Paris Saint-Germain Handball
|Full name||Paris Saint-Germain Handball|
|Short name||PSG, PSG Hand, Paris SG|
|Arena||Stade Pierre de Coubertin|
Halle Georges Carpentier
|Head coach||Raúl González|
|League||LNH Division 1|
|2017–18||LNH Division 1, 1st|
|Football (Men's)||Football (Youth Men's)||Football (Women's)|
|Handball (Men's)||eSports||Boxing (Men's)|
PSG Handball play in the highest tier of French handball, the LNH Division 1. Their home ground for LNH matches is the Stade Pierre de Coubertin, which has a seating capacity of 3,402 spectators. For EHF Champions League matches, the club play at the Halle Georges Carpentier, which has a seating capacity of 4,300 spectators.
Initially called Patriotes d'Asnières (1941–1942), the club has gone through several name changes: Asnières Sports (1942–1987), Paris-Racing-Asnières (1987–1988), Paris-Asnières (1988–1992), PSG-Asnières (1992–2002), and Paris Handball (2002–2012). After being bought by Paris Saint-Germain owners Oryx Qatar Sports Investments (QSi) in 2012, the club became Paris Saint-Germain Handball.
Since its inception, the club has won 16 titles. Domestically, Paris SG have clinched five LNH Division 1 titles, four French Cups, two French League Cups, a record three French Super Cups, and two LNH Division 2 titles. In international club handball, the capital side finished runners-up in the 2016–17 edition of the Champions League.
First titles (1941–2012)
The Parisian club was founded in 1941. Initially, it took the name of Patriotes d'Asnières before becoming Asnières Sports one year later. Asnières Sports was presided by Christian Picard, whose son Gérard Picard took over during the 1975–1976 season and remained president until 2003.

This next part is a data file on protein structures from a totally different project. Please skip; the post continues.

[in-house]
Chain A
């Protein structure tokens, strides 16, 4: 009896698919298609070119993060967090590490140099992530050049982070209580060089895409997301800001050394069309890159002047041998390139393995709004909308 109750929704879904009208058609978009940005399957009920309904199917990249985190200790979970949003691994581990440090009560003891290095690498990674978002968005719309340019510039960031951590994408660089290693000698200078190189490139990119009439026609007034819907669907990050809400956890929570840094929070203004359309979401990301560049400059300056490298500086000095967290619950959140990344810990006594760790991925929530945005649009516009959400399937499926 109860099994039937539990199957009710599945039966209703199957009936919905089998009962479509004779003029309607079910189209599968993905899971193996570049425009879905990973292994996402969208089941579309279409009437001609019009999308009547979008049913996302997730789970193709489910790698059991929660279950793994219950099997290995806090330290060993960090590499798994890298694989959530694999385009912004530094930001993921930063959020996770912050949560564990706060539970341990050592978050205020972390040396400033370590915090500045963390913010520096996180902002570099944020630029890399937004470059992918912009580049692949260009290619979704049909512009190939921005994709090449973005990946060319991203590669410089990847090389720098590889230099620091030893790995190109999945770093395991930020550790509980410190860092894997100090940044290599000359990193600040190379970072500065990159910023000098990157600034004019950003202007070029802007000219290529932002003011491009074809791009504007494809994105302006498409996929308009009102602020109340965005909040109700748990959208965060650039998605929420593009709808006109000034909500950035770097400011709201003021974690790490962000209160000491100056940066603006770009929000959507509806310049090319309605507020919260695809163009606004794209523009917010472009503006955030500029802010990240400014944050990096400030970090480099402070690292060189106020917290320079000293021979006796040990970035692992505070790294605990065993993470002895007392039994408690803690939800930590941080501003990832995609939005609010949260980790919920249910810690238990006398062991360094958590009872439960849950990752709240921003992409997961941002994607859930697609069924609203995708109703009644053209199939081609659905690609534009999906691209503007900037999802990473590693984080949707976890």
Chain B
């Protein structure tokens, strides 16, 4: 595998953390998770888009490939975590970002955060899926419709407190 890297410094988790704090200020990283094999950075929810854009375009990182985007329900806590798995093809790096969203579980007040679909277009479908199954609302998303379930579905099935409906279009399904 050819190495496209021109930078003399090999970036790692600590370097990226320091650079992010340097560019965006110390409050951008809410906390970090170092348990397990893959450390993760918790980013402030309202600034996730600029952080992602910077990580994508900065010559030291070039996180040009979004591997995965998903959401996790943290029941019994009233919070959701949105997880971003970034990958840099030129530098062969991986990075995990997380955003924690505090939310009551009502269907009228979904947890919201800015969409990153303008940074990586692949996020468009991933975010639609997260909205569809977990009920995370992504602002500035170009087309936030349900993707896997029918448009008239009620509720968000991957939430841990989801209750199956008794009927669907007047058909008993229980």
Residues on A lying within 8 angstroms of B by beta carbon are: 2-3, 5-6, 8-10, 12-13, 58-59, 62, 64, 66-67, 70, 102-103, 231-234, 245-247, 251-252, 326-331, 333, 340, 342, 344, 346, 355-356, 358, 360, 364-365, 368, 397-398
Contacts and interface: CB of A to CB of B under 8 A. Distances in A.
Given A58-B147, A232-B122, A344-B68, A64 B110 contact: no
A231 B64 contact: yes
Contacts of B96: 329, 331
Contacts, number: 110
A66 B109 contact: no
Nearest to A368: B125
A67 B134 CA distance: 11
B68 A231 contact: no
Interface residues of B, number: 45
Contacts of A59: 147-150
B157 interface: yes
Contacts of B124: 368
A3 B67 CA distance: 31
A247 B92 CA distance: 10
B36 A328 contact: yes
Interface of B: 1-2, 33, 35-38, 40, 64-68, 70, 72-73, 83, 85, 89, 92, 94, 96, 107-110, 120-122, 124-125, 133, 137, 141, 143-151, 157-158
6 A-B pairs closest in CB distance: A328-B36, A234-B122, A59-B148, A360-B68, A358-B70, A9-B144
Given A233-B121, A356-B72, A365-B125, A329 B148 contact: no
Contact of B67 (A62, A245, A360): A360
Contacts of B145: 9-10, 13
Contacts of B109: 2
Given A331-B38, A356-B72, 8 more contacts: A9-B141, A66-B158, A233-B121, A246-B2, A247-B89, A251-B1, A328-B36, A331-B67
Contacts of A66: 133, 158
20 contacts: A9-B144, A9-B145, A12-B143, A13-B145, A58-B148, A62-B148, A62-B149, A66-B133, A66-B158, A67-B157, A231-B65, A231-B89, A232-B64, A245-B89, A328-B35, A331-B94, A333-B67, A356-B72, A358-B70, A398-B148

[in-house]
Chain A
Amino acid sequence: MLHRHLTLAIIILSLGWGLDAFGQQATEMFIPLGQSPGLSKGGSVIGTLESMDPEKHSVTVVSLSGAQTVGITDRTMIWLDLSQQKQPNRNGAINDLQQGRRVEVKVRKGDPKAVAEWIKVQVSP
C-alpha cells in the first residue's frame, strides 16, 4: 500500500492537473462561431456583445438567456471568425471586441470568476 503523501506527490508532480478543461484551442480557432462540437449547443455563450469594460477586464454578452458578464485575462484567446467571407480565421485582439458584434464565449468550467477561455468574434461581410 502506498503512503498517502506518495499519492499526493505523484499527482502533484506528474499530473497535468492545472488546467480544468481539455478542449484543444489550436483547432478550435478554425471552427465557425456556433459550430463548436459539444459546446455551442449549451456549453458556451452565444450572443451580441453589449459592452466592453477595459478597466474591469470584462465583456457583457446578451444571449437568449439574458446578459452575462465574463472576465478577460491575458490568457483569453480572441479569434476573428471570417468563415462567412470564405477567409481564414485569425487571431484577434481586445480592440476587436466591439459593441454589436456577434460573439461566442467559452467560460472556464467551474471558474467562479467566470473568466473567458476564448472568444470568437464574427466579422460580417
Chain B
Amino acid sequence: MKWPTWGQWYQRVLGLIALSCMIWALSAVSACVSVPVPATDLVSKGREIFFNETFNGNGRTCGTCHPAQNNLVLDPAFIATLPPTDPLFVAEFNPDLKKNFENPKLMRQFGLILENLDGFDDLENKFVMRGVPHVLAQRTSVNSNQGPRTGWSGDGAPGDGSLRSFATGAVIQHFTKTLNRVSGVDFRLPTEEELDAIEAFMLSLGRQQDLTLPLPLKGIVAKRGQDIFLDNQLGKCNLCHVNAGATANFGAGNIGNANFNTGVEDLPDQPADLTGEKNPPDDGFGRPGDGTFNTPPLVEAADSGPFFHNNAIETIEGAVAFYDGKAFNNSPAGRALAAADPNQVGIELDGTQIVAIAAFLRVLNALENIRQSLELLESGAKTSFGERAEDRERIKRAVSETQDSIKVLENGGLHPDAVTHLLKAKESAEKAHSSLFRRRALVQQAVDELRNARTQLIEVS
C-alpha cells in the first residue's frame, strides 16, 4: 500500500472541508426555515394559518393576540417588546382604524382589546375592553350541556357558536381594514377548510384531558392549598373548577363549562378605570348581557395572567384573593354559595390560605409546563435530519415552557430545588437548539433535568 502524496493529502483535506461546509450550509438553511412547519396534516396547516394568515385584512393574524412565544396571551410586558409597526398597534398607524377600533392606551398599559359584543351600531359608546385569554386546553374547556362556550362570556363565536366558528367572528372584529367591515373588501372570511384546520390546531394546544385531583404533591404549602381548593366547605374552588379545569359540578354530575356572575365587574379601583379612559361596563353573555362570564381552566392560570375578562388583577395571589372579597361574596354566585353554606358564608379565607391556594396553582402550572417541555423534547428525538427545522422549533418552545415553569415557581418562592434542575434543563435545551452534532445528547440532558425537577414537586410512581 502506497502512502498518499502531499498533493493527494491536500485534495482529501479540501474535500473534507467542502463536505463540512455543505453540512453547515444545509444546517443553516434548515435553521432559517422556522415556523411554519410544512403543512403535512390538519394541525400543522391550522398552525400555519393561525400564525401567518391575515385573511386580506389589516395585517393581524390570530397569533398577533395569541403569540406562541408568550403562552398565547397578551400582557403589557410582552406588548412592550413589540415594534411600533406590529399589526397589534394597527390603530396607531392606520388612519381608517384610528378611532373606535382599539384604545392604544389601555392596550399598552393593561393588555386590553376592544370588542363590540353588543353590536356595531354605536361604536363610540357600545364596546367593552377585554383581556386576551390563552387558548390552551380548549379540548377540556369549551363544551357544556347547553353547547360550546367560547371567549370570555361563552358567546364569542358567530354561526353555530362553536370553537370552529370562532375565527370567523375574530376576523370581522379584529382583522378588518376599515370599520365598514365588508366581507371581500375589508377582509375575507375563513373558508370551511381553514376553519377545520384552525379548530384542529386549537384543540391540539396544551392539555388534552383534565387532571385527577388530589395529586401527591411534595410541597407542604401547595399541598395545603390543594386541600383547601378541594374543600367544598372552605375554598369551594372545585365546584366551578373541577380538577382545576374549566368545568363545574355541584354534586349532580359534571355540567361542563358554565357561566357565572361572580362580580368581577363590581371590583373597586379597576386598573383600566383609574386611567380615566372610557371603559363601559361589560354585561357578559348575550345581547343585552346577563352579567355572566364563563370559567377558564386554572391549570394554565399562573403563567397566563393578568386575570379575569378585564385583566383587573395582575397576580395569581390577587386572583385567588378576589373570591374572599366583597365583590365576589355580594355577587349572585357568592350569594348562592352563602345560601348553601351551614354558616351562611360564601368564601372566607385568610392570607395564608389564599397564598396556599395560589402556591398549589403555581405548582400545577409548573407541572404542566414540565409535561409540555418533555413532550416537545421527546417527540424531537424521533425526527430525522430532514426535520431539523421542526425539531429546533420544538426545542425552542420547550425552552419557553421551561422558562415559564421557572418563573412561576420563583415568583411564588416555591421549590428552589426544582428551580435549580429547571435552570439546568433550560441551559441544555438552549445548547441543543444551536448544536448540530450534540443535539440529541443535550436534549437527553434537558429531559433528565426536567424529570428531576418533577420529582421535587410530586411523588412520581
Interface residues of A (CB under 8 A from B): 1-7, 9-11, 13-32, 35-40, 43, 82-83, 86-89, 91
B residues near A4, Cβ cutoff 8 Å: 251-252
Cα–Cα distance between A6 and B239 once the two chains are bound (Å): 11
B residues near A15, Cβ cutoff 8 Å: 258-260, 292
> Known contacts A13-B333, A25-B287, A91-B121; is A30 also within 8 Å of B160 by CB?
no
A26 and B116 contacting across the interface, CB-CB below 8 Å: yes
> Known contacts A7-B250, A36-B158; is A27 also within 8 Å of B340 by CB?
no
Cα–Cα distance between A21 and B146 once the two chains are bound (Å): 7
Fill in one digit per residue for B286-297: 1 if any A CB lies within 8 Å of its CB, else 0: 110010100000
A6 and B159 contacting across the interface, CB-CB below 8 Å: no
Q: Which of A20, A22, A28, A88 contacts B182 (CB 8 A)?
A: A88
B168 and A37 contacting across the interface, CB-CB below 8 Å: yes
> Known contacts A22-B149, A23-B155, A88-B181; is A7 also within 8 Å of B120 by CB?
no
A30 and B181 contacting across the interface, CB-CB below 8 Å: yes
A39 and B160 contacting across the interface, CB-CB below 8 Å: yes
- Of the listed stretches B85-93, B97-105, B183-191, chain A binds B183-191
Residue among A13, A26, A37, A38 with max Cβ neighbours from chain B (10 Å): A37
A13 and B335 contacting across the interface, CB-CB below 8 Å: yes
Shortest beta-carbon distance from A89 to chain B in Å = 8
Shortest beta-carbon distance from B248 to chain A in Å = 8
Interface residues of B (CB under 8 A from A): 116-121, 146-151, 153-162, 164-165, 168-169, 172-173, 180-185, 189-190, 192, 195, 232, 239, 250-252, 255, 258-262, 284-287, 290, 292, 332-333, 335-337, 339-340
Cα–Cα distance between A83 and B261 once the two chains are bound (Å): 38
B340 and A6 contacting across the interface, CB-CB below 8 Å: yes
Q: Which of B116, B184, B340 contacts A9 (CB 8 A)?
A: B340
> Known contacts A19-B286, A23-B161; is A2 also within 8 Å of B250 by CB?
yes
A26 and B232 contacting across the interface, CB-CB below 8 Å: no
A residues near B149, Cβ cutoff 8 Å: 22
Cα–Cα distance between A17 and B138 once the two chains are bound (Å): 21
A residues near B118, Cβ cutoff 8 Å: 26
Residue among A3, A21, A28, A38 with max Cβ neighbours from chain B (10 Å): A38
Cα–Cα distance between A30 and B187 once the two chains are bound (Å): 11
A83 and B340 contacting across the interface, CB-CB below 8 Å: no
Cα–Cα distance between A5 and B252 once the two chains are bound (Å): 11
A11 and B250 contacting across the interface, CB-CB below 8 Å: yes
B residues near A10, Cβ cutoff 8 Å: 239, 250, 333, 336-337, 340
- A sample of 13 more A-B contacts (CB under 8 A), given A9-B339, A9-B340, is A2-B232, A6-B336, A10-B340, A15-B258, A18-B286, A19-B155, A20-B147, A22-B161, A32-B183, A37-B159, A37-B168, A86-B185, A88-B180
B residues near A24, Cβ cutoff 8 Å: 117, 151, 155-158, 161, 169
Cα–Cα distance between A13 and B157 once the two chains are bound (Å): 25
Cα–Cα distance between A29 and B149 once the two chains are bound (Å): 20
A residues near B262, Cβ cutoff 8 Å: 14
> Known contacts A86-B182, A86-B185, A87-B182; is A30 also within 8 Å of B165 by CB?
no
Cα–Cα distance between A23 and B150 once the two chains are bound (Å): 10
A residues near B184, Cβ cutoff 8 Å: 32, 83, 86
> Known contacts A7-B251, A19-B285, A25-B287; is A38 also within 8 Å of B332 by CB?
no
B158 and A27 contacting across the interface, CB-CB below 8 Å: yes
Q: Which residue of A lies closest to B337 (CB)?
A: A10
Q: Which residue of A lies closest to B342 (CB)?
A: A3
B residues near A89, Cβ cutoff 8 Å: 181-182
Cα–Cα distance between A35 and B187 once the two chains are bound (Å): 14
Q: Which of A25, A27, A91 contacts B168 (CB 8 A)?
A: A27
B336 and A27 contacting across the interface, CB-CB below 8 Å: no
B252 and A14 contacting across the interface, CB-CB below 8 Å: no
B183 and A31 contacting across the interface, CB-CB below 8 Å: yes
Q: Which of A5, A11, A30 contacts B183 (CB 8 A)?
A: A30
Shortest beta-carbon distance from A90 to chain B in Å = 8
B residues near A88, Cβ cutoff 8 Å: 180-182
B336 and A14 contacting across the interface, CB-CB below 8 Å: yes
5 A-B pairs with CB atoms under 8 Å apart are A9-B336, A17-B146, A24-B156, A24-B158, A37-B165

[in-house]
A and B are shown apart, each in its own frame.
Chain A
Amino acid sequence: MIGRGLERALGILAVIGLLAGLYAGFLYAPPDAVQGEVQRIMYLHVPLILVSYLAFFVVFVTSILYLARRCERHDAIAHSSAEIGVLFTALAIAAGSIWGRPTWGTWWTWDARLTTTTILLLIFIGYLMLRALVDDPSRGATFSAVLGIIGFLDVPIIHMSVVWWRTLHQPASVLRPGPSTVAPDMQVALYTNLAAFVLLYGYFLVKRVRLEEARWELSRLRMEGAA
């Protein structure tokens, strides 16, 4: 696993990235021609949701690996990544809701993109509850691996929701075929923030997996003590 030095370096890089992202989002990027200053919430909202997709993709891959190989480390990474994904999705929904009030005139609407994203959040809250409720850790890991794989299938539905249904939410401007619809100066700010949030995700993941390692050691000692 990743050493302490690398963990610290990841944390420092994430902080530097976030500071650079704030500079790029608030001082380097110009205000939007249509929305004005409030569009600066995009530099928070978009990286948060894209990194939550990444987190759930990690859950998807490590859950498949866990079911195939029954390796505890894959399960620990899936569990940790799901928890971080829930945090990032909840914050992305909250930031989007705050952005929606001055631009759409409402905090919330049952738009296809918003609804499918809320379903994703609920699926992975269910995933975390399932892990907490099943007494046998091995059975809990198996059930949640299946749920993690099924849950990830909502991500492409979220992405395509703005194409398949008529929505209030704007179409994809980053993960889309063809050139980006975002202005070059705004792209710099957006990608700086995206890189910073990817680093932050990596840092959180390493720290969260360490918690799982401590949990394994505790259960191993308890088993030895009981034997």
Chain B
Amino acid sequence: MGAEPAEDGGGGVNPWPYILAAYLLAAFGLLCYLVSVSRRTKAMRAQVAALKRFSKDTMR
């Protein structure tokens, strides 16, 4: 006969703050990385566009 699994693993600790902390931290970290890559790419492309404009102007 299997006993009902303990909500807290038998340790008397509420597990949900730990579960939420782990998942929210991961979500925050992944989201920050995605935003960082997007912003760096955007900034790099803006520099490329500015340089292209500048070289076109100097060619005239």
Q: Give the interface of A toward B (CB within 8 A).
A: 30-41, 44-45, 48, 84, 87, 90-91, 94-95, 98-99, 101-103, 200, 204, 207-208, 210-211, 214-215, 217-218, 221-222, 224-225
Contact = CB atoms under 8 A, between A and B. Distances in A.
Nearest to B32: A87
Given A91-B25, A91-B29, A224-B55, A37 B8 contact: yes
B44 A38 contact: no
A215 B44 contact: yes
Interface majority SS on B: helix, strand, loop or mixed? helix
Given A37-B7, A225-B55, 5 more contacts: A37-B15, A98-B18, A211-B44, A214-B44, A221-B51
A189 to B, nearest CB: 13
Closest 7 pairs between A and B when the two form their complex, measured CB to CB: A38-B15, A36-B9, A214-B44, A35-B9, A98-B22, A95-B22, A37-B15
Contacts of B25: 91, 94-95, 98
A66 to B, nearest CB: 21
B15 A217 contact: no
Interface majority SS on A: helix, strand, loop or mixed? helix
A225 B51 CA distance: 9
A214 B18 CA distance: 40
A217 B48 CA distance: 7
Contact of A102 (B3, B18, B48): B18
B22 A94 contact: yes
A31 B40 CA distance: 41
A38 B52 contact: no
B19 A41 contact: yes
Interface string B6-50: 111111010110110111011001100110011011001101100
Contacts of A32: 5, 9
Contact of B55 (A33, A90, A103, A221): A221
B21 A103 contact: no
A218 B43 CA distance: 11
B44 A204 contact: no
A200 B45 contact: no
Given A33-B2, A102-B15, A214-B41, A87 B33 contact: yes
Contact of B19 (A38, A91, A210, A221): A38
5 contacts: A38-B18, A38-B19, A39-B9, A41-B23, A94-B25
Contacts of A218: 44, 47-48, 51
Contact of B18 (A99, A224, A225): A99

In 1987, the club's management succeeded in convincing the Paris City Council to partner Asnières Sports and create a major handball team in the capital. This resulted in the Hauts-de-Seine team moving to Paris and being renamed Paris-Racing-Asnières then Paris-Asnières. Relegated in 1989, Paris-Asnières immediately bounced back to the top flight in 1990 after winning the D2 title. At the time, the club's most notable players were future French internationals Jackson Richardson and Patrick Cazal.
In 1992, the club came under the management of Paris Saint-Germain, a partnership that lasted 10 years. This led to another name change, and Paris-Asnières became PSG-Asnières. PSG-Asnières finished second in the LNH Division 1 during the 1995–96 season and then reached the French Cup final in 2001, losing to Montpellier.
During that time, PSG-Asnières managed to attract several international players such as Stéphane Stoecklin, Denis Lathoud, Gaël Monthurel, Nenad Peruničić and Olivier Girault. The latter set up home in Paris in 1999, playing for the club until 2008 and then coaching the team until 2011.
Under yet another name, Paris Handball began 2002 with new club owner Louis Nicollin. During the next decade, the club played in the EHF Champions League during the 2005–06 season, and won its first major trophy in 2007 with star player Kévynn Nyokas. Paris Handball registered a 28-21 win in the French Cup final over Pays d'Aix.
But there were tough times too. At the end of the 2008–09 season, the club was relegated to Division 2. Paris Handball won the LNH Division 2 the very next season and rejoined the top clubs. In 2012, the team narrowly avoided relegation in the last round of play.
Domestic dominance (2012–)